Food safety is a priority for all farmed seafood
Eat more Farmed Fish – FSAI
Over 80% of Irish farmed salmon are produced organically thus ensuring top quality fresh and downstream products for Irish consumers.
Fish consumption in Ireland is low relative to many other countries and must be increased. Bord Bia, retailers, and others are currently actively involved in fish promotion and Irish farmed salmon will have a central role in increased consumption.
Irish farmed salmon are an excellent source of EPA and DHA which are of key importance for cardiovascular health, brain development and cognitive health. Salmon are also a good source of high quality protein and supply minerals and certain vitamins.
Eat and enjoy one to two portions of Irish farmed salmon per week as part of a balanced diet. Intersperse with other oily fish such as mackerel and with white fish as these are also highly nutritious.
The National Residue Monitoring Programme covers all livestock and domestically produced products and is co-ordinated by the Department of Agriculture Food and Marine. The full report including all other species is produced every summer and published on the Department’s website.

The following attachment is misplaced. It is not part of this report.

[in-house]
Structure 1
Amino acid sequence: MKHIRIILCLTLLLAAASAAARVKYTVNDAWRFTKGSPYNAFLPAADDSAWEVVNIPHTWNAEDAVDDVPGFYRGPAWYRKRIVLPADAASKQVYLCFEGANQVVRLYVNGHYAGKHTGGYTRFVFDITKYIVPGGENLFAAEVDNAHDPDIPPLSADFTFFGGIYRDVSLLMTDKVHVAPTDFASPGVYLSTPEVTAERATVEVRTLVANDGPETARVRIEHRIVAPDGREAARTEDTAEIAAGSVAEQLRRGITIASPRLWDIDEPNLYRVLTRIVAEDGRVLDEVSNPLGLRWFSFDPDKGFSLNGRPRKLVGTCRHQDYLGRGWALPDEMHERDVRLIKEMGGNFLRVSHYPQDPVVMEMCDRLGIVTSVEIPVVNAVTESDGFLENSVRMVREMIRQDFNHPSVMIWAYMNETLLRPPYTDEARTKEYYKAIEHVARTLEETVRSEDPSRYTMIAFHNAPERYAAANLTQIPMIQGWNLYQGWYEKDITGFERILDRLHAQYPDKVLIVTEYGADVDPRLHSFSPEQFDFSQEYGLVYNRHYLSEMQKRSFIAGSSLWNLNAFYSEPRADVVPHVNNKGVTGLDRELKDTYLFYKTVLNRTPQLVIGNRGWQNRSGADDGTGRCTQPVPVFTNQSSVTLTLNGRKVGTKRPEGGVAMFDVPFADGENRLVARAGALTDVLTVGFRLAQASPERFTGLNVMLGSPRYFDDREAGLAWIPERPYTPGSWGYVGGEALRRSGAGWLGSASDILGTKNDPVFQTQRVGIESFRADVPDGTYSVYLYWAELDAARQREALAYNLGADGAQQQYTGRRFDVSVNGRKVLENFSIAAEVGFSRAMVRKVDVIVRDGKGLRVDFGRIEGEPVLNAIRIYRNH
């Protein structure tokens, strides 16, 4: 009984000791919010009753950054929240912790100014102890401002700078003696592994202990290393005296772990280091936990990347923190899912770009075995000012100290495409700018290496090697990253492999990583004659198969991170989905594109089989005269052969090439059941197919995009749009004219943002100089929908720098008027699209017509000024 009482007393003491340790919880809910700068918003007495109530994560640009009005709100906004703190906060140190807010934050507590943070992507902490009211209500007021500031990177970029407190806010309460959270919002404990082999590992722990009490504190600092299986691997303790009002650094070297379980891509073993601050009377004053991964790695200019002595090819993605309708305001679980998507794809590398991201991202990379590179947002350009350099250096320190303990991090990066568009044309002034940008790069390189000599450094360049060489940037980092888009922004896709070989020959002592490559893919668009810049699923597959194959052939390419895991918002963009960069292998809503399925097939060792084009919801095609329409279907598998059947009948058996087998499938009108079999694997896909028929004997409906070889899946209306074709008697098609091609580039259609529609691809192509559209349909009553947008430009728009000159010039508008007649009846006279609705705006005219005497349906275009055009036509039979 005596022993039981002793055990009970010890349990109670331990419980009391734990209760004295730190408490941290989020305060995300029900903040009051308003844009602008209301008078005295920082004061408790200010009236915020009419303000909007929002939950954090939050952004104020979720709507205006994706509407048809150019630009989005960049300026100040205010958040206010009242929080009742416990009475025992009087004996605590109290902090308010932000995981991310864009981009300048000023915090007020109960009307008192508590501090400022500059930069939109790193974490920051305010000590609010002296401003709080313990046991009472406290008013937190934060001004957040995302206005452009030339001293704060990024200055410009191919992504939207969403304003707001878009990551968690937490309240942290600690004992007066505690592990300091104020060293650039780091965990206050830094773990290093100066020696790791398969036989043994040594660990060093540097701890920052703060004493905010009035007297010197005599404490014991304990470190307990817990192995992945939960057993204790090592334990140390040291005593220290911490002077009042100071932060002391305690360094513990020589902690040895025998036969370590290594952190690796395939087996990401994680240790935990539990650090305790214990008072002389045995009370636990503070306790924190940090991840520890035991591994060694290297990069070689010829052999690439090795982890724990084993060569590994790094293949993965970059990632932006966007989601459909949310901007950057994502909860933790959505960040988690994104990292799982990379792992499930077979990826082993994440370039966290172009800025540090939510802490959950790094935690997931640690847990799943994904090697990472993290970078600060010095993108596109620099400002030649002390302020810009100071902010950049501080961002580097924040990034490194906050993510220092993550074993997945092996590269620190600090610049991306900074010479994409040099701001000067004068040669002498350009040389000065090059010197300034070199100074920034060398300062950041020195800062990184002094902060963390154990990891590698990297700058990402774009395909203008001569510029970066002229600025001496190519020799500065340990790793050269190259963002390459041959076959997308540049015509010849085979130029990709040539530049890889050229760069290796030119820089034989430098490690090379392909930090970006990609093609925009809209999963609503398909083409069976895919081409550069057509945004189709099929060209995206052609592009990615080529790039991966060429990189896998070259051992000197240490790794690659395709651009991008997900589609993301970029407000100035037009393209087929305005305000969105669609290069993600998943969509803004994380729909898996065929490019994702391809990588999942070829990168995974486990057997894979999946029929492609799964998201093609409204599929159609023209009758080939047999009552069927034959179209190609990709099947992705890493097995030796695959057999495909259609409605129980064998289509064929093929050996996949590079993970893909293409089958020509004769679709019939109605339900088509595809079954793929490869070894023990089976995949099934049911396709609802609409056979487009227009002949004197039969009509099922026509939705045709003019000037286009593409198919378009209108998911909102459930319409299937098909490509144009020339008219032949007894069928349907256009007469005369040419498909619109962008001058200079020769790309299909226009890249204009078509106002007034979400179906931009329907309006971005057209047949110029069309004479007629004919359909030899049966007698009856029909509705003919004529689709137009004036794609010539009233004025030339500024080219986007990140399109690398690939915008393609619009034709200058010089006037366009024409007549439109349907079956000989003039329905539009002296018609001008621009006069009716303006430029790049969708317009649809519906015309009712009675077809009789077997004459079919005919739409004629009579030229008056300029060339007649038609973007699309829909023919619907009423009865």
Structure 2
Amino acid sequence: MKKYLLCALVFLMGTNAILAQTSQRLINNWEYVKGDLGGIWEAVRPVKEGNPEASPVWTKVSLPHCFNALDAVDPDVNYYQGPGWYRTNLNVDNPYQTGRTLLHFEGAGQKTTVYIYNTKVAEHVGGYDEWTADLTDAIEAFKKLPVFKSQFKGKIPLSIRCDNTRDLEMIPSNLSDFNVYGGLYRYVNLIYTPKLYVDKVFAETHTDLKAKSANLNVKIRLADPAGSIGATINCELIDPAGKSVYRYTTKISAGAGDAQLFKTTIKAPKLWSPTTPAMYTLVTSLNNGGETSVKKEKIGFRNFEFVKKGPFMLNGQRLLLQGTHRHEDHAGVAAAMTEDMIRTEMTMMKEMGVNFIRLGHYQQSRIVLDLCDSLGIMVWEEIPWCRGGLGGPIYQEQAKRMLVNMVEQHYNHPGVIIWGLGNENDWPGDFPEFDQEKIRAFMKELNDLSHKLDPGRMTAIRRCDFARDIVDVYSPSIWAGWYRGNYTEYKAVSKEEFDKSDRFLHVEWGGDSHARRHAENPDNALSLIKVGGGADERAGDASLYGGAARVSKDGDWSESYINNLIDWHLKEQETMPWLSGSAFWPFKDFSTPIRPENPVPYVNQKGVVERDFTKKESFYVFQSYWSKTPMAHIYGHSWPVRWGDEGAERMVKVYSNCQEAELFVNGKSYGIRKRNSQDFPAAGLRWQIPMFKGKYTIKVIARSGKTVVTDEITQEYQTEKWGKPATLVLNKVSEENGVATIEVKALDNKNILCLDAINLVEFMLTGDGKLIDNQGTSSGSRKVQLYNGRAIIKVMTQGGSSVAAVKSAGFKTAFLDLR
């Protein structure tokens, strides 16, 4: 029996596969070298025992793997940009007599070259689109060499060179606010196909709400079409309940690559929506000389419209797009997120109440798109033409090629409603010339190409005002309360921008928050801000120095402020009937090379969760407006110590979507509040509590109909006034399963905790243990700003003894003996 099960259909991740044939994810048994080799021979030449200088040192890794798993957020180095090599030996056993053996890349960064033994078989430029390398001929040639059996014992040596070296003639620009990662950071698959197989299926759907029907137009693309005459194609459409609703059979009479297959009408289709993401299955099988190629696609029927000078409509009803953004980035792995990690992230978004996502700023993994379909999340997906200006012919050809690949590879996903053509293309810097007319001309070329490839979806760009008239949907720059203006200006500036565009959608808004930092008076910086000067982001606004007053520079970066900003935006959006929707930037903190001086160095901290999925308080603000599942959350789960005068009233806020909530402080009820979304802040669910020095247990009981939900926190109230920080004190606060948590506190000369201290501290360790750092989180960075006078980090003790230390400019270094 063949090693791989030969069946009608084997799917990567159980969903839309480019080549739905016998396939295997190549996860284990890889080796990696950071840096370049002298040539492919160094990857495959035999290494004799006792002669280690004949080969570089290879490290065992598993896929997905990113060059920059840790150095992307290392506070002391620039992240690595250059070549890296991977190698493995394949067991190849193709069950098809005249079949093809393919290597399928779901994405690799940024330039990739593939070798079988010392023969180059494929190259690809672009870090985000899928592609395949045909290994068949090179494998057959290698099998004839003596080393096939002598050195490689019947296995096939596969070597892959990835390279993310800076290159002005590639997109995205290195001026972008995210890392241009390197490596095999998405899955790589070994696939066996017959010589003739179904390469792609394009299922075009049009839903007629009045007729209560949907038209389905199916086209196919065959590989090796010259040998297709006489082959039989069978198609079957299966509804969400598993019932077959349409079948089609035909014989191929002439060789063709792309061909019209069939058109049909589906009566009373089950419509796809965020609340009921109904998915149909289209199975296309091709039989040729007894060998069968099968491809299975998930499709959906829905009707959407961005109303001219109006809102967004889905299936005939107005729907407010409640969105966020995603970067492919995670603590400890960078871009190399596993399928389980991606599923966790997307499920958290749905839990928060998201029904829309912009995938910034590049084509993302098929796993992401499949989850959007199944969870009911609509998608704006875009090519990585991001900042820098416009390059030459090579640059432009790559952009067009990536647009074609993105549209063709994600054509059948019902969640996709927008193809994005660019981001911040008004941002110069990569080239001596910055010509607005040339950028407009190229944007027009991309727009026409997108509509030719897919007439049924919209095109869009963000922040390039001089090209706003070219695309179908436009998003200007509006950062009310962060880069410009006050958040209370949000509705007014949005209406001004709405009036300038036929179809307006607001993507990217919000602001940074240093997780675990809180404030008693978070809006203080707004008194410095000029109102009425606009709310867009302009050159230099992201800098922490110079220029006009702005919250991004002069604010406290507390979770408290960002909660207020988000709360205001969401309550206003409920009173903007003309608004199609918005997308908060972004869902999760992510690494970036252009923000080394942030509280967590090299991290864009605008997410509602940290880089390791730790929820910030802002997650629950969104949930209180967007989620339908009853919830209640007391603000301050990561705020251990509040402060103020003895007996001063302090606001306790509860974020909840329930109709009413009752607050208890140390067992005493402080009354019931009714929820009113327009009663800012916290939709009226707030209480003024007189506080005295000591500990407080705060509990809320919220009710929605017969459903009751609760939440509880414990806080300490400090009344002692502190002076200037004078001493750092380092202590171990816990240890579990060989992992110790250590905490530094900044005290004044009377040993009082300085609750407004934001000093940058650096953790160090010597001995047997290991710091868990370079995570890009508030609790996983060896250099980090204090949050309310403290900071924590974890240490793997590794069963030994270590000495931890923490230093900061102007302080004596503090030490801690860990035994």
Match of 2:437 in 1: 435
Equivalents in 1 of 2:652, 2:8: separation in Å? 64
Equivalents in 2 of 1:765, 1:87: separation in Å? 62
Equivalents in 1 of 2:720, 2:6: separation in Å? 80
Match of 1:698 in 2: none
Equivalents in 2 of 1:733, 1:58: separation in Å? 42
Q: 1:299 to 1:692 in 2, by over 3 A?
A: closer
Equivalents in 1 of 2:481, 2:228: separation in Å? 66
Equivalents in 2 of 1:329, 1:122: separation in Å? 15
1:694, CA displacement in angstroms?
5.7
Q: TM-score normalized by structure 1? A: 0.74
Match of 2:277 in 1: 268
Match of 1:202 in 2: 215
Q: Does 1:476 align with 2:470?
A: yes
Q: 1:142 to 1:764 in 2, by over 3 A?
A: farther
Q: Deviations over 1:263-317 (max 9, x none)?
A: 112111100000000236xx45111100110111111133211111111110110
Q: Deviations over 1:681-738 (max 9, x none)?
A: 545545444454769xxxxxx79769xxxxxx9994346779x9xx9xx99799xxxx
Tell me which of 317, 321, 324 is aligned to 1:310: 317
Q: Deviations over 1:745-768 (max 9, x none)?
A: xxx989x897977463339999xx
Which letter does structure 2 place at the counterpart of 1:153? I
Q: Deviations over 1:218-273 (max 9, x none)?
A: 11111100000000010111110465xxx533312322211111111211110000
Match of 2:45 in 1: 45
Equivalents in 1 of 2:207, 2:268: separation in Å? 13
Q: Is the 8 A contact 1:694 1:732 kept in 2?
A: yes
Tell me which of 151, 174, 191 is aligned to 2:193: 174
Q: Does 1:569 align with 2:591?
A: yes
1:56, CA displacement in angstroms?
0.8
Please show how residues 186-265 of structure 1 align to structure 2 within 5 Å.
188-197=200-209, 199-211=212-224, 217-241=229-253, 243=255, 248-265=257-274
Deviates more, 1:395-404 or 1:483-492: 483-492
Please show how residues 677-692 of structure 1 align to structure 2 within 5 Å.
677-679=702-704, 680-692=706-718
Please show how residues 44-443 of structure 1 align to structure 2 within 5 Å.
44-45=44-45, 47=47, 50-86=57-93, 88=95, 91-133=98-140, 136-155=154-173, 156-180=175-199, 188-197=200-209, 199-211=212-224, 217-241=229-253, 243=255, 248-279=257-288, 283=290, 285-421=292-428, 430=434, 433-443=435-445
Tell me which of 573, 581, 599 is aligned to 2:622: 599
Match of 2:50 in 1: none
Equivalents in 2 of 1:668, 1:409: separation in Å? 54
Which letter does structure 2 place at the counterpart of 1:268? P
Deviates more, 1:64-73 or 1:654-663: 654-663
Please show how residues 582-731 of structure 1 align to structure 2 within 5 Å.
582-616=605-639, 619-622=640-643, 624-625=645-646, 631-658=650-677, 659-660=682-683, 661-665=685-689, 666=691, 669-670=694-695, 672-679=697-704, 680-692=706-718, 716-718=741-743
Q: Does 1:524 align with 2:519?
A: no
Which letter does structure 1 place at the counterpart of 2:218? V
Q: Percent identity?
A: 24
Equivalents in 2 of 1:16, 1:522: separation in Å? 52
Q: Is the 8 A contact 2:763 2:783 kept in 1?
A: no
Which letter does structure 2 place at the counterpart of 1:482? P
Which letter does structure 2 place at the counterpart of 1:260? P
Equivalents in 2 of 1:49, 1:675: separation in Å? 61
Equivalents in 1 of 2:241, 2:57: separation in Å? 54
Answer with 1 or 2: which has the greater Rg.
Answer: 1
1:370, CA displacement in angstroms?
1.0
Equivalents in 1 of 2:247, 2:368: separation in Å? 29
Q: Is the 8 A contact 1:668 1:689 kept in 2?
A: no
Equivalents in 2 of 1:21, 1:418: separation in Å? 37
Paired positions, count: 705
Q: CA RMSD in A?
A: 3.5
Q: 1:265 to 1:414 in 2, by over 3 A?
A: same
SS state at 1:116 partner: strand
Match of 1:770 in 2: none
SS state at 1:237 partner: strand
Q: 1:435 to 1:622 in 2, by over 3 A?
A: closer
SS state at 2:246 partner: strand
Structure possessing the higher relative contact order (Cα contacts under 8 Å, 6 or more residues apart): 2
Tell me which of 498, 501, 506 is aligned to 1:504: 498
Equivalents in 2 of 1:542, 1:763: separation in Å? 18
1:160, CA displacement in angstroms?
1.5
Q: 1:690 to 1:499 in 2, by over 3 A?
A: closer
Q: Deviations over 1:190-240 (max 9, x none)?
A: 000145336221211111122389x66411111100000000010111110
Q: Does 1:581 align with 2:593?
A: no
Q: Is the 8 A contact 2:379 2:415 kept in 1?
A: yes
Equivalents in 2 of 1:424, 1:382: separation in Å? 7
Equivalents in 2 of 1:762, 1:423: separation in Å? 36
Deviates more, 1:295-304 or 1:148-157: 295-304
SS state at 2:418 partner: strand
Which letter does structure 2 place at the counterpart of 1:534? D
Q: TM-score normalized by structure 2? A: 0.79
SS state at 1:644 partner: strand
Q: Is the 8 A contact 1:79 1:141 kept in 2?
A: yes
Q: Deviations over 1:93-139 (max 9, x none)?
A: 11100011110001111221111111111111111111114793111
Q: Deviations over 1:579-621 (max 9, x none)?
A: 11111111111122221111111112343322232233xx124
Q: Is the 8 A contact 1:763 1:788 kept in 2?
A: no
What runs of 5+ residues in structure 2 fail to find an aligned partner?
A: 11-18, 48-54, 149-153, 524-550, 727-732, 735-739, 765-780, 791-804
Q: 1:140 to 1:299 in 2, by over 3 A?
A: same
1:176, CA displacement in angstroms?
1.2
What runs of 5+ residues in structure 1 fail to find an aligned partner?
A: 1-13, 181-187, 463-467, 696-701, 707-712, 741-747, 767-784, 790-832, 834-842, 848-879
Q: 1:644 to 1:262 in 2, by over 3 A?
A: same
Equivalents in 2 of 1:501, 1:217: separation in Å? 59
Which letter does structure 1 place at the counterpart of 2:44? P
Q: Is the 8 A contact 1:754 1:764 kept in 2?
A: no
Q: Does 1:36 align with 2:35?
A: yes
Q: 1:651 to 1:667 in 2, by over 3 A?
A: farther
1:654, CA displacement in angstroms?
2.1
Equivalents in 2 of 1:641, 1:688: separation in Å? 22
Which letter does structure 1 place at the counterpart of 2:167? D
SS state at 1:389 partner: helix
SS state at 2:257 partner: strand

Given the constant checks by farmers, customers and auditors as well as the close veterinary supervision, the internal quality controls and the basic pride in producing a top class product, this should not be news. When we have top of the range quality schemes set by organic certification bodies, supermarkets, processors and smokeries which all monitor Irish salmon and trout so they can meet the high demand for this premium seafood, this gives a huge confidence boost to all stakeholders and consumers.
IFA’s key role in Shellfish Safety
Shellfish safety is potentially impacted by two main factors: water quality and naturally occurring algae. Both of these issues are out of the control of the farmers but can have serious impacts on the safety of shellfish for consumers if not monitored and controlled at all times.
IFA Aquaculture plays a key role in the national Molluscan Shellfish safety Committee (MSSC) which it helped to set up with all the agencies involved in shellfish food safety. This committee oversees the biotoxin and phytoplankton monitoring regime and decides each year on the classification of shellfish growing areas.
The National Biotoxin Monitoring Programme Code of Practice can be found here
The National Shellfish Microbiological Code of Practice can be found here.